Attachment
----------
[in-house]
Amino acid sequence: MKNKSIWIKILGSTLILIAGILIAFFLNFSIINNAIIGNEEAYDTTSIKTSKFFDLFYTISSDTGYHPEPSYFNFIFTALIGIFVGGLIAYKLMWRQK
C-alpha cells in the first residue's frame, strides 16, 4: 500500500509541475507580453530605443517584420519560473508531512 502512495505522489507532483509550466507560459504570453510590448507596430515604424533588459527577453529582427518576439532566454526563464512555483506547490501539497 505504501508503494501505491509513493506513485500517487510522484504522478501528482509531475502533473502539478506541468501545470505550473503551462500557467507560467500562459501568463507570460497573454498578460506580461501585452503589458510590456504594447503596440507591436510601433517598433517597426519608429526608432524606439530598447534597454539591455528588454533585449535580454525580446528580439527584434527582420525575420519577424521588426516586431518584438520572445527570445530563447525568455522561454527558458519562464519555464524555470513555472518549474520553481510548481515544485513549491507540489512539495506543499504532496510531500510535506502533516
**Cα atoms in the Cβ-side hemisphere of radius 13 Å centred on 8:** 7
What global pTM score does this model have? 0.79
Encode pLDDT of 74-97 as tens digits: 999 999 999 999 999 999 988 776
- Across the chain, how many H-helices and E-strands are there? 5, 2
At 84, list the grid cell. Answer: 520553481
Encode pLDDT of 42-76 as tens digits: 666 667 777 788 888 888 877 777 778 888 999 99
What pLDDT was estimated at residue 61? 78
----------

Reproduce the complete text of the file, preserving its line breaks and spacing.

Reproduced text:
[in-house]
Amino acid sequence: MKNKSIWIKILGSTLILIAGILIAFFLNFSIINNAIIGNEEAYDTTSIKTSKFFDLFYTISSDTGYHPEPSYFNFIFTALIGIFVGGLIAYKLMWRQK
C-alpha cells in the first residue's frame, strides 16, 4: 500500500509541475507580453530605443517584420519560473508531512 502512495505522489507532483509550466507560459504570453510590448507596430515604424533588459527577453529582427518576439532566454526563464512555483506547490501539497 505504501508503494501505491509513493506513485500517487510522484504522478501528482509531475502533473502539478506541468501545470505550473503551462500557467507560467500562459501568463507570460497573454498578460506580461501585452503589458510590456504594447503596440507591436510601433517598433517597426519608429526608432524606439530598447534597454539591455528588454533585449535580454525580446528580439527584434527582420525575420519577424521588426516586431518584438520572445527570445530563447525568455522561454527558458519562464519555464524555470513555472518549474520553481510548481515544485513549491507540489512539495506543499504532496510531500510535506502533516
**Cα atoms in the Cβ-side hemisphere of radius 13 Å centred on 8:** 7
What global pTM score does this model have? 0.79
Encode pLDDT of 74-97 as tens digits: 999 999 999 999 999 999 988 776
- Across the chain, how many H-helices and E-strands are there? 5, 2
At 84, list the grid cell. Answer: 520553481
Encode pLDDT of 42-76 as tens digits: 666 667 777 788 888 888 877 777 778 888 999 99
What pLDDT was estimated at residue 61? 78